Less than 40 percent of 633 key positions had a nominee as of Jan. 13, according to the tracker maintained by the nonprofit Partnership for Public Service and The Washington Post, which released new agency numbers on Tuesday. The Trump White House has named the full slate of nominees only for the Small Business Administration, the U.S. Trade Representative, and the Office of Management and Budget. Last week, leaders left positions at the National Transportation Safety Board; the Surface Transportation Safety Board; the U.S. Election Assistance Commission; and the Homeland Security Department’s inspector general office, from which John Roth departed.
Some departments are worse than others. The Commerce, Education and Labor departments do not have deputy secretaries. In addition, “no names have been offered for permanent appointments for Internal Revenue commissioner, Census Bureau director, ambassador to the Republic of Korea, assistant secretary for nuclear energy at the Energy Department and director of the National Counterterrorism Center. … Trump has yet to fill key diplomatic posts such as ambassadors to Germany and the European Union. Trump has begun to address the vacancies related to the tension with North and South Korea by naming, in December, Susan Thornton, a career senior Foreign Service officer in the class of minister-counselor, to be an assistant secretary of State for East Asian and Pacific Affairs.”
Trump cannot blame the Senate entirely. The White House Transition Project reports, “The Trump administration continues to have the fewest nominations in 40 years.” Trump has made approximately 350 nominations; the average at this point in a presidency is nearly 500. When it comes to the most vital positions — “213 leadership positions critical to the functions of government” — Trump is especially delinquent. “The most distressing delays with respect to the Trump administration come when analyzing positions critical to standing up the American government and carrying out its constitutional responsibilities, e.g., national defense, global commerce, diplomatic leadership,” The White House Transition Project reports. “These positions involve three types: national security, management, and economic policy-making. … The average administration has stood up twice as many critical positions as the Trump team.” Trump has filled 35.3 percent of these spots, compared with the average of 65.5 percent.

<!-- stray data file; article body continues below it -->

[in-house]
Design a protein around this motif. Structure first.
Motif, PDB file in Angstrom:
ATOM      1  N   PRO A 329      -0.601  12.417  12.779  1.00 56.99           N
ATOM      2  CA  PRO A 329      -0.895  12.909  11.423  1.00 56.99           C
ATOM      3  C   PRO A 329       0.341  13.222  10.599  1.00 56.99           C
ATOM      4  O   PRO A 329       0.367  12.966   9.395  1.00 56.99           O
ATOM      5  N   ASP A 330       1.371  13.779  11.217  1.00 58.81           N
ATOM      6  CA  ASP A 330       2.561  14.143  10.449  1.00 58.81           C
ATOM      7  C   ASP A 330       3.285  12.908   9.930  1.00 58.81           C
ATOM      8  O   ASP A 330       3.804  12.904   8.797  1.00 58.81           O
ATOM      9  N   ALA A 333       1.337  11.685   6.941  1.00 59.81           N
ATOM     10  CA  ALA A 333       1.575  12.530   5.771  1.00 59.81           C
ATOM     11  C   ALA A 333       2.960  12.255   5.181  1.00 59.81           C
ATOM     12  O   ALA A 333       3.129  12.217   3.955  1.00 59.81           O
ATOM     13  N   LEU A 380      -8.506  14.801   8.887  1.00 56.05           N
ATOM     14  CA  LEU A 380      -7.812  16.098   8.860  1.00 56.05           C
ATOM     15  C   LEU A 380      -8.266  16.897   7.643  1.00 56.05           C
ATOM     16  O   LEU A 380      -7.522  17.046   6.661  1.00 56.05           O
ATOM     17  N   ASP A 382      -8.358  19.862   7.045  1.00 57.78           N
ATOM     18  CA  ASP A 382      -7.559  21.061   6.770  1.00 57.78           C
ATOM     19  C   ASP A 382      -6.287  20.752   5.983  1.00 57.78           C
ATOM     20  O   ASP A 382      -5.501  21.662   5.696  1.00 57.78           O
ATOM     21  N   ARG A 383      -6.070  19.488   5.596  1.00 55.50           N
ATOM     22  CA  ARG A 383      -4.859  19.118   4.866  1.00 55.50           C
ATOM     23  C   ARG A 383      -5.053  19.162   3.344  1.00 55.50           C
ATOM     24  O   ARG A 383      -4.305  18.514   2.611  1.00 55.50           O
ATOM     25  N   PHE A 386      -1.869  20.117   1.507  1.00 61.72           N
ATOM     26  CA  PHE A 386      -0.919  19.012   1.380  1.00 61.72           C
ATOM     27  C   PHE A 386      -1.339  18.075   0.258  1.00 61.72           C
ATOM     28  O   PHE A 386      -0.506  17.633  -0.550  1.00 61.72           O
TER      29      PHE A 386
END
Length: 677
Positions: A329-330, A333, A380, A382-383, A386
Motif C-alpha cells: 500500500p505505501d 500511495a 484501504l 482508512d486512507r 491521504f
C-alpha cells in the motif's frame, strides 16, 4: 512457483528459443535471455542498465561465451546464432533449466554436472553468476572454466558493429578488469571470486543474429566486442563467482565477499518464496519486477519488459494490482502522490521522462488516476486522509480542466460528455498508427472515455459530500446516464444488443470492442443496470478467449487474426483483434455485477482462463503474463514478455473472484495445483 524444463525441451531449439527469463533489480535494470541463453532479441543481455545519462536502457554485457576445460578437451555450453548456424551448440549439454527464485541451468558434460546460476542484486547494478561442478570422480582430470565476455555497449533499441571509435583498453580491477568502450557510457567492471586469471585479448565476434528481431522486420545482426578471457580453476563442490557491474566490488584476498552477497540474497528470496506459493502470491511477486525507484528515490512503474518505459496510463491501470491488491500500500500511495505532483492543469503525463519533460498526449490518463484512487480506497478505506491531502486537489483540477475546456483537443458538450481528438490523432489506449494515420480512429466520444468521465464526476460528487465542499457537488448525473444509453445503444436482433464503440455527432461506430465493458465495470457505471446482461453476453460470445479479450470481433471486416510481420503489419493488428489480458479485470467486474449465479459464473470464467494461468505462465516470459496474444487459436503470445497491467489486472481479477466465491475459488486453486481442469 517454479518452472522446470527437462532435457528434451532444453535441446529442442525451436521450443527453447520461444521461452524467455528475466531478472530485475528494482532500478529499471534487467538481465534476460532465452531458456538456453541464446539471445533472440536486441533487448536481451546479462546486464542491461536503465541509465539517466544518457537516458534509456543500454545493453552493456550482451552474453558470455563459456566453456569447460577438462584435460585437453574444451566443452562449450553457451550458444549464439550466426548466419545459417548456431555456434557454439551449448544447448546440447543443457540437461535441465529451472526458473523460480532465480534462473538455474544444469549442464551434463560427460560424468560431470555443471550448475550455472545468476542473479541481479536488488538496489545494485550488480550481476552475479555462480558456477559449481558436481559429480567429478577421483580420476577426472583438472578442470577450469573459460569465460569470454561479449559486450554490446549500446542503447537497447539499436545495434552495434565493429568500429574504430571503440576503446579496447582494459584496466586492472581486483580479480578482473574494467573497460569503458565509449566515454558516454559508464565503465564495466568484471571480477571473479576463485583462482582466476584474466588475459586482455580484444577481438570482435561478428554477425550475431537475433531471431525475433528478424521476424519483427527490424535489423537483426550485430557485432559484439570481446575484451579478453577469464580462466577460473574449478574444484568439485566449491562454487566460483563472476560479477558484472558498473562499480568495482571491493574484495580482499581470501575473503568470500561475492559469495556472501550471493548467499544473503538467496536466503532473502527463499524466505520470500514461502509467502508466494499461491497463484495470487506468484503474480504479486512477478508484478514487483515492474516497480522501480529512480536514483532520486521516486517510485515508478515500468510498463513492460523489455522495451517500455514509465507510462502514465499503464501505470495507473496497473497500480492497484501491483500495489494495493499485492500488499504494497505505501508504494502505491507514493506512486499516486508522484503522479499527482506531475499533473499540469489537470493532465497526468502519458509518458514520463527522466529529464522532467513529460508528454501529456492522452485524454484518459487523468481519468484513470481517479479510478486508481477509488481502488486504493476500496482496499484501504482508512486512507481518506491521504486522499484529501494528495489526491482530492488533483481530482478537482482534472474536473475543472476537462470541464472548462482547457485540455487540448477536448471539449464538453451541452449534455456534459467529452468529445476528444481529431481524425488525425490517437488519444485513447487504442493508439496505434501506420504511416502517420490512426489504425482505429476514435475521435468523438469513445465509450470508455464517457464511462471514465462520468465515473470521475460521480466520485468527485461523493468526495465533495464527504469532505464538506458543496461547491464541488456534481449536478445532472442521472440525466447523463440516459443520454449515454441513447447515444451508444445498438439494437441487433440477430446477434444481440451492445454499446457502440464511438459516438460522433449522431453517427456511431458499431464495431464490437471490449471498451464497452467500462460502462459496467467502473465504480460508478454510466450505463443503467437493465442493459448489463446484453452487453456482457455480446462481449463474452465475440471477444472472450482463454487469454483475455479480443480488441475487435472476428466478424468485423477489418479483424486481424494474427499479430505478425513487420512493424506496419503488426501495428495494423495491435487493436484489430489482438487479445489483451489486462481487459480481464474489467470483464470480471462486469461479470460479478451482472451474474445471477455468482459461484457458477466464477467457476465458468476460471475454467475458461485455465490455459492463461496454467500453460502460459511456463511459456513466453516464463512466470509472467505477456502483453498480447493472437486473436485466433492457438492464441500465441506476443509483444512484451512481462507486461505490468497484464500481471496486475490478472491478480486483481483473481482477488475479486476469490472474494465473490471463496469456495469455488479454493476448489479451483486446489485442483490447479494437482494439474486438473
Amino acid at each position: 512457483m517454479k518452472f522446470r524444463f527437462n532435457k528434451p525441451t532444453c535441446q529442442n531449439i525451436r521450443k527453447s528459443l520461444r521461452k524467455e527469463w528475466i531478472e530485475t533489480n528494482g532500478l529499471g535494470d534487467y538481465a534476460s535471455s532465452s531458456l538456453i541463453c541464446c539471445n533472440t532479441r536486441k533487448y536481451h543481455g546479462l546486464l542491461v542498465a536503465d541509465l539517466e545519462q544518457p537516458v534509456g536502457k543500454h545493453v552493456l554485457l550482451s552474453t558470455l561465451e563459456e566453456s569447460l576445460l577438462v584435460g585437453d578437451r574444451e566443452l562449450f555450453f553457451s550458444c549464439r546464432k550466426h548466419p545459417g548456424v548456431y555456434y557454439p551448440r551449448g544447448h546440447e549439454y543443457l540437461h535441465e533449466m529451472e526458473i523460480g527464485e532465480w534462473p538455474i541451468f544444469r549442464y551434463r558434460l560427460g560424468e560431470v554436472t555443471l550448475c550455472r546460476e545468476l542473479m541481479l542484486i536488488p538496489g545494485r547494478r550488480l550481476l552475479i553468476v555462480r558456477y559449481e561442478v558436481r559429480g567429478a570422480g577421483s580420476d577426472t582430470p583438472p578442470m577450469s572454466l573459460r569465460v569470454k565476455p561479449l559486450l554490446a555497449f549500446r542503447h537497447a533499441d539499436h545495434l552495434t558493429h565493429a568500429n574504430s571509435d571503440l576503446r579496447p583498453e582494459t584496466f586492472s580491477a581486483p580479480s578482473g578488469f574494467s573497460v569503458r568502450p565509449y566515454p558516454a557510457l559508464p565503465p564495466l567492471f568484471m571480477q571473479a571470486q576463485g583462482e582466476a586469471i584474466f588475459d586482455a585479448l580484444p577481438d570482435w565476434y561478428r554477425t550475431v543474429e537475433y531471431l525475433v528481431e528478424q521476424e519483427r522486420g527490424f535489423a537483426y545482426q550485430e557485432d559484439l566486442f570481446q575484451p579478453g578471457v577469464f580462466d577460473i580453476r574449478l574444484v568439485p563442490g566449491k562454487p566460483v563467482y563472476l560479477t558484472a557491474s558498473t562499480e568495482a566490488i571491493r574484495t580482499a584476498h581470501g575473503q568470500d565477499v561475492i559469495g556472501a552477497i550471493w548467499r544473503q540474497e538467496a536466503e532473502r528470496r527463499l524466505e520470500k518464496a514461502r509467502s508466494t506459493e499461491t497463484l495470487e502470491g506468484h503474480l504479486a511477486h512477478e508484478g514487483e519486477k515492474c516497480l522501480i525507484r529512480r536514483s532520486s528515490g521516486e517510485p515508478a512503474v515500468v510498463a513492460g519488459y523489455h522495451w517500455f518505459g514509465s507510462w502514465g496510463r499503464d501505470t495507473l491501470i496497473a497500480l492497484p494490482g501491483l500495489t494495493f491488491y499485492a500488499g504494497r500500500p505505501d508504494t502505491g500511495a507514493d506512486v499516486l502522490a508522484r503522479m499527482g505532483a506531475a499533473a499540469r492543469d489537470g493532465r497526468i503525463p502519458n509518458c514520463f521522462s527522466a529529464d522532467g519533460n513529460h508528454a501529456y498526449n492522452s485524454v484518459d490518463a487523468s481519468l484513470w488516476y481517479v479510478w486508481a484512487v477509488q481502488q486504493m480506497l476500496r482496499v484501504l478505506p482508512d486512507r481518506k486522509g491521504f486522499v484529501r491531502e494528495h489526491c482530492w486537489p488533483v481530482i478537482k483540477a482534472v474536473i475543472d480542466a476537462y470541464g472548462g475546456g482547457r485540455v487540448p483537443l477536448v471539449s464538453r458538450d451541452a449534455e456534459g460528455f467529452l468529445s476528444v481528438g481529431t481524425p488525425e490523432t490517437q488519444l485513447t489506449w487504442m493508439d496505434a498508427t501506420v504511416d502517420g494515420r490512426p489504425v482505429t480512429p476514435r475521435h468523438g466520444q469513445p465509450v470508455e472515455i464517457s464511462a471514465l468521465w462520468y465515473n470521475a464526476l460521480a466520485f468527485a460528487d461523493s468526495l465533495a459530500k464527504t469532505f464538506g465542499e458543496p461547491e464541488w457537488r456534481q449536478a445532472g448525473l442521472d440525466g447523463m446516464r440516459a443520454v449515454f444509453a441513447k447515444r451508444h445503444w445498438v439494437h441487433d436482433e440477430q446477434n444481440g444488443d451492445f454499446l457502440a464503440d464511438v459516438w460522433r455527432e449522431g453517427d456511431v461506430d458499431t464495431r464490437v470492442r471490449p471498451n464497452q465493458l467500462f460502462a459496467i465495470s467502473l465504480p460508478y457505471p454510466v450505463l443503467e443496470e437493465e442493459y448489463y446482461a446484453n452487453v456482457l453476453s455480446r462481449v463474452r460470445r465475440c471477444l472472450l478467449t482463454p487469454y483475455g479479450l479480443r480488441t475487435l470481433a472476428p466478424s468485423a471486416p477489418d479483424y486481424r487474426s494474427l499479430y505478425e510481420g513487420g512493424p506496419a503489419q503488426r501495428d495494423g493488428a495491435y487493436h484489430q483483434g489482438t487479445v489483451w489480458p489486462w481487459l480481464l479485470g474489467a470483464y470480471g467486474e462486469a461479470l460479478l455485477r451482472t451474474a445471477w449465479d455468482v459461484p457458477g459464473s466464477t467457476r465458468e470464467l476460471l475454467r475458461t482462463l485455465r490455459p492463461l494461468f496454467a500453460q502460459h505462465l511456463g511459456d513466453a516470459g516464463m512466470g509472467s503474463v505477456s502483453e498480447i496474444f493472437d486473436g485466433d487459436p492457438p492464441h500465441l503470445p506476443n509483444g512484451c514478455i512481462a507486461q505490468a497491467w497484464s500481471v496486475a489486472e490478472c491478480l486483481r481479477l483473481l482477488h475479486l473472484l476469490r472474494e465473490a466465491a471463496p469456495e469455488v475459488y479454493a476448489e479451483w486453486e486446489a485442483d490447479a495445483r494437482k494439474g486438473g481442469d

Part of this seems to be a deliberate attempt to decapitate and shrink the government. The president says many positions do not need to be filled. He is the “only one that matters” in foreign policy, he declared. Whether a result of hostility to government or of pure ignorance as to what government does (or both), Trump is cheating the taxpayers. They’ve paid for certain services, and Congress has funded them. However, the government will not be able to deliver well-designed, competent government without people in key jobs. (Imagine that a chief executive a year into their tenure had not hired the head of sales or the head of cybersecurity.) Even as the new tax law is implemented, there is no permanent IRS commissioner. In managing the North Korea crisis, we have no ambassador in Seoul. Attempts to maintain the National Park Service (and perhaps deal with the shutdown) will be done without a permanent head of the NPS. Trump hasn’t bothered to nominate anyone.
This is also counterproductive insofar as presidential appointees are needed to implement the policies Trump wants. Leaving these spots vacant (akin to funding by continuing resolutions) means the status quo prevails.
A good deal of the problem no doubt stems from complete White House dysfunction and incompetence. The president cannot decide what he wants on a variety of subjects, spends endless “executive time,” goes to campaign-style rallies and lounges around at his properties (about a third of his time in office so far). His own staff turnover is the highest of modern presidents, and those who remain spend their days putting out fires the president has set. Given all that, it is little wonder key government spots remain empty.
The irony is that management was, Trump told us, his strong suit. He’d hired only the “best” people. Already one national security adviser (along with the deputy to the first adviser’s replacement) and the secretary of health and human services were forced to resign; Trump fired the FBI director and chief of staff (necessitating a new homeland security secretary to backfill John Kelly’s spot at the department). If one is too busy filling and refilling top slots, the vacancies in the important tier of positions just below go unaddressed.
In truth, Trump has never been a successful manager. Whether one looks at his multiple bankruptcies or a slew of failed ventures (from football to vodka to steaks), he’s never been known for effectively implementing his sales pitches. (Now as predominantly a licensing venture that makes money off his name, Trump’s business can sign a deal and let others run the show. In 2015 Forbes reported, “Trump doesn’t own a large number of his properties. He licenses his name to developers and offers property management services. For instance, his name is on 17 properties in Manhattan, but he only owns five of them outright.” He may be a “genius” at self-promotion, but when it comes to running the executive branch, he’s been a dunce.
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